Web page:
§ 12599.8: “For any year that the balance sheet of a charitable organization shows that it holds restricted net assets, while reporting negative unrestricted net assets, the organization shall provide an explanation of its compliance with its charitable trust responsibilities and proof of directors’ and officers’ liability insurance coverage to the Attorney General’s Registry of Charitable Trusts.” – https://leginfo.legislature.ca.gov/faces/codes_displaySection.xhtml?lawCode=GOV&sectionNum=12599.8

. . . speaking of which: “Report Out from PNB Closed Session of April 15, 2021. The PNB met in closed session to approve the D&O insurance for Pacifica” – https://pacifica.org/documents/pnb_exec_210415.pdf (dated 22June2021 – not within 10 days of the meeting, so a violation of CPB’s interpretation of federal law, of the Comms Act of 1934: “[t]he Act requires stations to document and make available to the public the specific reason(s) for closing a meeting within a reasonable time after the meeting. CPB also requires that the written statement be made available for inspection, either at the CSG recipient’s central office or posted on its station website, within 10 days after each closed meeting” – https://www.cpb.org/stations/certification/closed-meetings)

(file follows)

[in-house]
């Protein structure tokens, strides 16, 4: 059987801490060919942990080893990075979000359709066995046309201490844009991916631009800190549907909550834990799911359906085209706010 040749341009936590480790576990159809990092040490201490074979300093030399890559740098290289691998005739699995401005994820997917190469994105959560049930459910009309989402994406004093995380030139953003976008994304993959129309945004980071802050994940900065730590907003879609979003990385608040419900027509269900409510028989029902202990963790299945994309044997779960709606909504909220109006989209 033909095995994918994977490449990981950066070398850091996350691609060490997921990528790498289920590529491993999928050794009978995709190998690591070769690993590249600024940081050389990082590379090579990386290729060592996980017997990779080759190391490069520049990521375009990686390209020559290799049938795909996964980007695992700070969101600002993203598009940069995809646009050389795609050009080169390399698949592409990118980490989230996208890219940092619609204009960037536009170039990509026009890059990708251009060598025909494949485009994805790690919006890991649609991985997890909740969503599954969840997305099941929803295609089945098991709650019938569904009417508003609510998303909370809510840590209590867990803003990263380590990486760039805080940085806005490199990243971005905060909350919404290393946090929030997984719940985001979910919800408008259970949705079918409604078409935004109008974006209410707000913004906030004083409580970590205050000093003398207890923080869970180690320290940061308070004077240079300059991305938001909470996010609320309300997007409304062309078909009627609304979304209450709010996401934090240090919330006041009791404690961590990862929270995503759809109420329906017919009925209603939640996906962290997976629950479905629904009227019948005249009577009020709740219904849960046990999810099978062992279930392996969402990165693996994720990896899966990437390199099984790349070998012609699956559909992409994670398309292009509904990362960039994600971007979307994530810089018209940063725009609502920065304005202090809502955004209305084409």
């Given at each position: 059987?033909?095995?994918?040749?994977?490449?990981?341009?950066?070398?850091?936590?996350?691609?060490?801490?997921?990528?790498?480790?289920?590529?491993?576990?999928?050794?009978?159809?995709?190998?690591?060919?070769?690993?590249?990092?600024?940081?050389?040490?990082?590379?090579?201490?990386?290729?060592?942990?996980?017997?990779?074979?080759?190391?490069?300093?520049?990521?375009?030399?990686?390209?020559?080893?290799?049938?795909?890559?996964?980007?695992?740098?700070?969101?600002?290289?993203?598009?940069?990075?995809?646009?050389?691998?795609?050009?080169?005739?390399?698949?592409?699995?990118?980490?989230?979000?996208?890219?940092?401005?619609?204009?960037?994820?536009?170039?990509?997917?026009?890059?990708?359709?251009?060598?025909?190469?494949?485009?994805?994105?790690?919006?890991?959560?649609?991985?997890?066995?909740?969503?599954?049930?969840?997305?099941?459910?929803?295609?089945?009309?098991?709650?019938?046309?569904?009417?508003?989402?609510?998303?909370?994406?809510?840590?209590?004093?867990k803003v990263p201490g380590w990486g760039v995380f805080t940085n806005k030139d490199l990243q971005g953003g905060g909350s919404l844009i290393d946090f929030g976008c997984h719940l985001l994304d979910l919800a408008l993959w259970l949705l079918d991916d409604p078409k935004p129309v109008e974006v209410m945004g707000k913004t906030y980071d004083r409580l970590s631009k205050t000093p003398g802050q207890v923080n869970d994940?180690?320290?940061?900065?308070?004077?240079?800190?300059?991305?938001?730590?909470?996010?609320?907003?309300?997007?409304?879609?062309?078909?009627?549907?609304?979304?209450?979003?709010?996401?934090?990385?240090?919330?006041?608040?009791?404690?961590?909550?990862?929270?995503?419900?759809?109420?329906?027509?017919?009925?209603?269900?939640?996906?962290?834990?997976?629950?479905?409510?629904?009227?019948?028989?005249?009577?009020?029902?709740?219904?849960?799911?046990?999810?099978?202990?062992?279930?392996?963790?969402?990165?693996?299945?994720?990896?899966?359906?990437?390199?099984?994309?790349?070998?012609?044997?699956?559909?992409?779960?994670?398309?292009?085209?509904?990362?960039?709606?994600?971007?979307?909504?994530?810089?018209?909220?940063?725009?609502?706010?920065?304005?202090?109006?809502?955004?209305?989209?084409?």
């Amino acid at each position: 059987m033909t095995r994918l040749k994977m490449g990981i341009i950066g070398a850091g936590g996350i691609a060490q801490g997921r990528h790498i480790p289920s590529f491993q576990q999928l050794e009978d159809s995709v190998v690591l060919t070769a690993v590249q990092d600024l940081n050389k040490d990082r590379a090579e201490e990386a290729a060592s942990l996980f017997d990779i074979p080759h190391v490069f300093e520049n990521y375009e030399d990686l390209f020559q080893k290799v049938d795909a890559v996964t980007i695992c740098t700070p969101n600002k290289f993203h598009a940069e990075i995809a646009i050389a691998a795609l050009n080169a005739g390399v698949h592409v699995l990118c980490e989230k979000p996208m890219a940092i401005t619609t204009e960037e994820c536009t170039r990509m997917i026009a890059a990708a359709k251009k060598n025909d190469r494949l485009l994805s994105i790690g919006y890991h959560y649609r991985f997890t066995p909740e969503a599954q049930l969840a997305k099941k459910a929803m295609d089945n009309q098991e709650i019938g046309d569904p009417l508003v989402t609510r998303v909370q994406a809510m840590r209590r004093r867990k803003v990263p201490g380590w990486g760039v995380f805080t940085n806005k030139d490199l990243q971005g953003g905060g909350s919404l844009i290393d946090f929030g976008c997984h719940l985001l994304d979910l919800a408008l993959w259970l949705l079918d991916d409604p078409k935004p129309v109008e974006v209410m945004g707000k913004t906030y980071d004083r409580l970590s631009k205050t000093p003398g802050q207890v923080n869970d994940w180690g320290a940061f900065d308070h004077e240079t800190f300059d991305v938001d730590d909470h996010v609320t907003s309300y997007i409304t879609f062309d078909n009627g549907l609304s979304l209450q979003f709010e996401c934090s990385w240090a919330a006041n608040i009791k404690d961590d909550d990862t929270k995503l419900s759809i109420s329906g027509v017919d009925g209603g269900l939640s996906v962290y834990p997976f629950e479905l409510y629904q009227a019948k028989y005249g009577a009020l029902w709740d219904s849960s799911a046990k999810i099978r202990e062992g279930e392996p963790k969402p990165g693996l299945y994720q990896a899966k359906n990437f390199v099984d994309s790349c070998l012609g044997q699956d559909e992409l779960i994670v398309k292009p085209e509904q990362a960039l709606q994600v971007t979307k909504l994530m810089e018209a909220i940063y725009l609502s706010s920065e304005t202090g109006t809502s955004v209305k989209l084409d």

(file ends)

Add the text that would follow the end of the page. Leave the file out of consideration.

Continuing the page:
(Chair Chris didn’t seem to notice Chair Alex’s use of the plural.) . . .

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PacificaWorld is governed not by the rule of law but by the rule of decision: PacificaWorld is a Reich of Carl Schmitt. The ruling PNB clique makes the decisions, unbounded by the by-laws, & in practice even unrestrained by either state or federal law – until now, that is.

That’s why the breakers will start a write-in campaign to Sacramento, to the California Attorney General.

The rebellion – not the civil war – continues, on a new front.